No matter what phase of life you are in, unexpected medical expenses can throw a giant wrench in the financial works. As you approach retirement and end-of-life, you should consider a number of money-related matters.
First, you'll want to consider how much you need to live a healthy, stable life in the years after you retire. You might also want to consider what you want to pass on to children or other heirs.
Even if you take time to consider these issues and to make arrangements for both yourself and your heirs through estate planning, your plans could be derailed by a sudden medical issue after you retire. Even with insurance, a hospital stay or medical treatment can take a deep chunk of your savings.
There are several ways that you can plan for such a circumstance, though, to avoid losing out on retirement funds that are earmarked for late-life travel or paying bills throughout later years. One way to avoid excessive medical bills is to purchase supplementary insurance policies. These policies are usually paired with Medicare coverage, and they pick up most if not all of the out-of-pocket costs after Medicare pays on claims.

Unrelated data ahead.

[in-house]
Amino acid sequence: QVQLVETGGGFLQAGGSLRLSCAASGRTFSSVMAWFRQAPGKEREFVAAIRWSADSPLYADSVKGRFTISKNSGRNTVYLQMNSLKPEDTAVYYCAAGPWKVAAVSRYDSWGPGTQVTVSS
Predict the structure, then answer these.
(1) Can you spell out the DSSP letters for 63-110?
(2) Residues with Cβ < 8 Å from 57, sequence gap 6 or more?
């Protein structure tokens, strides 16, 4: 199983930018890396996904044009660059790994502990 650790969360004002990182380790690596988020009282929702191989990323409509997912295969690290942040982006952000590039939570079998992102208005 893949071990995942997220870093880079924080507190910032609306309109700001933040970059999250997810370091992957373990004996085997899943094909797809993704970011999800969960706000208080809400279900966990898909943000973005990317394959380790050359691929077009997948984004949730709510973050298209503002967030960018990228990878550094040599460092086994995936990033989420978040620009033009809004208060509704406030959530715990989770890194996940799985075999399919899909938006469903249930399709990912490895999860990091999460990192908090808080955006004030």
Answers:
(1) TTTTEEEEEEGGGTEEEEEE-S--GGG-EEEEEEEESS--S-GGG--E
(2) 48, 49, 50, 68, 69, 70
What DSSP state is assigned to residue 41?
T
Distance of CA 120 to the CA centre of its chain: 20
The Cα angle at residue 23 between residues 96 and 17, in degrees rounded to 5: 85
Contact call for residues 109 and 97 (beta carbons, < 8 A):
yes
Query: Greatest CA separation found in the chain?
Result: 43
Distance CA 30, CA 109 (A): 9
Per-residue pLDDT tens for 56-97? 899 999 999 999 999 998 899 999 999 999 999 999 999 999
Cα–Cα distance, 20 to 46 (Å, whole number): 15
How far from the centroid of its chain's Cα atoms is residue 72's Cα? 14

Another way to cover medical expenses without delving into retirement savings accounts or using money or assets that you intend to leave to heirs is to have a health savings account. These accounts, which often come with tax benefits, let you save money ahead of time to be used for medical expenses. Individuals who are approaching retirement can even save extra money in an HSA to catch up on medical savings while benefiting from tax breaks.
Understanding the financial and legal aspects of retirement and estate planning can be difficult. Working with an experienced professional helps you consider all the options and make decisions that are best for you now and in the future and are also good for your heirs and loved ones.
Source: AARP, "Health Savings Account and Retirement Security," Lynnette Khalfani-Cox, accessed Oct. 16, 2015